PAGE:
Trump's pick for India has close private equity links, say reports

Private equity firm Warburg Pincus that is pouring funds into India was until January run by top White House adviser Kenneth Juster and Trump's nomination of same advisor as the next US ambassador to India is questionable, say reports.

Kenneth Juster, Trump's nominee for ambassador to India, has deep financial ties to private equity firm Warburg Pincus that recently began investing heavily in the country.

While a confirmation of his appointment as ambassador to India will come after Prime Minister Narendra Modi's visit to the US, the White House on Wednesday disclosed that Kenneth Juster, a top deputy to National Economic Council director Gary Cohn, will be nominated to the post in the next couple weeks.

This means that Modi, who will be visiting the US on 25-26 June, will have a tough time tackling Trump.

While there is no indication that Warburg's investment decisions have anything to do with Juster's potential nomination, many of their recent investments have taken place when Juster is awaiting clearance for the post.

Warburg Pincus, where Juster was a partner until January, is scaling up its investments in Indian companies, raising questions about potential financial conflicts if Juster is confirmed.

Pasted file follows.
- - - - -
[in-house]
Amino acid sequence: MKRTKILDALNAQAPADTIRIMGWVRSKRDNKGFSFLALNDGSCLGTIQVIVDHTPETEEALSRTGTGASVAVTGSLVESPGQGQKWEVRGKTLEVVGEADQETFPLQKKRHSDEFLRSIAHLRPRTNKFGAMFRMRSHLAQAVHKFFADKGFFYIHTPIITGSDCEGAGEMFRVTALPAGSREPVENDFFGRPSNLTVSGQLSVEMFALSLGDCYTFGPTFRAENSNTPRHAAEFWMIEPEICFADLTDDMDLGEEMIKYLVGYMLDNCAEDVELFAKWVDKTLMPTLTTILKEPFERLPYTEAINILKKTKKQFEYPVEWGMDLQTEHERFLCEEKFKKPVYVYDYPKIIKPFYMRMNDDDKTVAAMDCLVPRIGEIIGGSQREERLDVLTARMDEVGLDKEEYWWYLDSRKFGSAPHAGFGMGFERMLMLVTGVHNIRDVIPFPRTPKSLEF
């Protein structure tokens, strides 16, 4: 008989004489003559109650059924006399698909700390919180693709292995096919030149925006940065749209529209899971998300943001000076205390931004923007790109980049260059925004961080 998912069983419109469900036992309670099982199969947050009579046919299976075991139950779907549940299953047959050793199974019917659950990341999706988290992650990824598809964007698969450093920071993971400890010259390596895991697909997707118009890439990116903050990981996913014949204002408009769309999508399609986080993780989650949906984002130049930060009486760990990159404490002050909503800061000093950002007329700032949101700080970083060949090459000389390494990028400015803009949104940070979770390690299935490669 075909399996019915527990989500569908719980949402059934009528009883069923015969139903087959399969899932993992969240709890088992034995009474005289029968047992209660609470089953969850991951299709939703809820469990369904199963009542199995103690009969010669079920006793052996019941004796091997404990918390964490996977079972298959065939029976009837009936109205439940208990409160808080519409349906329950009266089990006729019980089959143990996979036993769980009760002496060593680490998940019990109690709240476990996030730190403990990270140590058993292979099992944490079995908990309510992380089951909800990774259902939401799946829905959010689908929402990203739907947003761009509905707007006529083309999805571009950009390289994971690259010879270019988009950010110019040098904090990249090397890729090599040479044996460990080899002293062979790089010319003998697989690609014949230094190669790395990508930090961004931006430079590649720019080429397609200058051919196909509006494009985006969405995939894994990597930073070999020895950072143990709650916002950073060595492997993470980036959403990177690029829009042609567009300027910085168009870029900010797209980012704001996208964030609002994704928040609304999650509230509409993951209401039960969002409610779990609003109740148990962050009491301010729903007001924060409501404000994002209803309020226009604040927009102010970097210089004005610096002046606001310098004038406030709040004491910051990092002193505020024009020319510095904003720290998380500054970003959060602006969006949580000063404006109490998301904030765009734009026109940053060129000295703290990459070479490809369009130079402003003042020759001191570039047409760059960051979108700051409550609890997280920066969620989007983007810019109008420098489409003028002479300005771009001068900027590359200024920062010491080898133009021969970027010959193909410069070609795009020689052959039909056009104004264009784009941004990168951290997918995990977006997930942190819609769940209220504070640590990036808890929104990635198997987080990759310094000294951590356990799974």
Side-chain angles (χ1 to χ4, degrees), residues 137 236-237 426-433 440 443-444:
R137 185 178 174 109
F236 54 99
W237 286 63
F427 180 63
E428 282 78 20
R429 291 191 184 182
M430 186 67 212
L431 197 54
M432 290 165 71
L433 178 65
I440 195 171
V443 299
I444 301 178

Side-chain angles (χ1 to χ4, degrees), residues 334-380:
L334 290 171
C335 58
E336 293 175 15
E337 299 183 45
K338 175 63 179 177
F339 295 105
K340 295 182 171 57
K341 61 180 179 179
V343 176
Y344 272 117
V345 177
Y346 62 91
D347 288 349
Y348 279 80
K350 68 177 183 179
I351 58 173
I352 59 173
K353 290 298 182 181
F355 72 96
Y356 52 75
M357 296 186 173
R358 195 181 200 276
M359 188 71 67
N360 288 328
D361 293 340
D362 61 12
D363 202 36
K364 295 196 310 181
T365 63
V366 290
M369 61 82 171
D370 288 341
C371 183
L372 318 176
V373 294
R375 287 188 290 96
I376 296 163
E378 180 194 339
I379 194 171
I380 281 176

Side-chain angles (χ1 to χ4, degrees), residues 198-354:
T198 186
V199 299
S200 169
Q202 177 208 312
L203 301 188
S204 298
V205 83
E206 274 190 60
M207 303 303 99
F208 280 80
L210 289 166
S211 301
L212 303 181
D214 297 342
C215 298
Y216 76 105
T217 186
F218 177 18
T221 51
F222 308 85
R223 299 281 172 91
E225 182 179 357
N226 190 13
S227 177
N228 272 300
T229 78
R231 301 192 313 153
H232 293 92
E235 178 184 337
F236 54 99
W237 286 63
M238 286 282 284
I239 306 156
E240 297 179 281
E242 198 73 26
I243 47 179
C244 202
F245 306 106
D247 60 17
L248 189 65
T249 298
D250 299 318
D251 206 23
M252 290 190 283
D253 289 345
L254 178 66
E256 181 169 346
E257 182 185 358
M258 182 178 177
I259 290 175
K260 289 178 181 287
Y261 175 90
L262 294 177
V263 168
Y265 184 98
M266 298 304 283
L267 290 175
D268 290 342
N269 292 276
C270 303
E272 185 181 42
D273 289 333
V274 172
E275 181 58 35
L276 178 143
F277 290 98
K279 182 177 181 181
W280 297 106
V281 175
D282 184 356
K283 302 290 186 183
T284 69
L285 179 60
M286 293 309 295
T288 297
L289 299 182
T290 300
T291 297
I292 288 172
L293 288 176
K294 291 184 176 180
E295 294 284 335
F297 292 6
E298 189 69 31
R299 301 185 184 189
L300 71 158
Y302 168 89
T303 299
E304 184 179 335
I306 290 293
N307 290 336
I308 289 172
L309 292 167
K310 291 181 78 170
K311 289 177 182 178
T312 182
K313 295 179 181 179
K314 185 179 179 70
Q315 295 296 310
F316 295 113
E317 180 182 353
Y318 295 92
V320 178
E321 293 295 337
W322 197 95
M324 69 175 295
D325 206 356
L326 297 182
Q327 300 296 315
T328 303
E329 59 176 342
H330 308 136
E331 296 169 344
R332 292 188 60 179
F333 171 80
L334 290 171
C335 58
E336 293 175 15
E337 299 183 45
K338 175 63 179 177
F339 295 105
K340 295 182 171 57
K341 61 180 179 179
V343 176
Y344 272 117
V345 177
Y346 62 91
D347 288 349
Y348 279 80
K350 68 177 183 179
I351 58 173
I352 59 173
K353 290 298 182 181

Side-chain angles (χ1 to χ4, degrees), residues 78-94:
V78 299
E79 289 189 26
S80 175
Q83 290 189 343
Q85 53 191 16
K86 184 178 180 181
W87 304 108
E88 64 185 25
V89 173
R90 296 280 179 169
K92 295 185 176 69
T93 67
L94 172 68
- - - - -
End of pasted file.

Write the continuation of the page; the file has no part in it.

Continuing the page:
If Juster's nomination is confirmed and he is appointed US ambassador to this country, Warburg Pincus's scaled up Indian portfolio will pit Washington's top diplomat in New Delhi against ethics rules.

According to White House's own financial disclosure forms, Juster was personally involved in Warburg's work in India. He had also listed eight companies in the PE firm's Indian portfolio in a section of the form requiring disclosure of ''clients for whom you personally provided more than $5,000 in services.''

Juster's connection with Warburg Pincus would bar him from participating in policy decisions that might affect Warburg's bottom line - unless the president decides to exempt Juster from those rules.

The question of whether Warburg's increased investment in India is related to the likelihood that Kenneth Juster, a former partner, is going to be nominated as the US ambassador to India remains.

White House will need to ensure that Juster avoids any conflict of interests when dealing with matters that involve his former firm and that will depend, in part, on whether he has any continuing financial ties to the Warburg Pincus.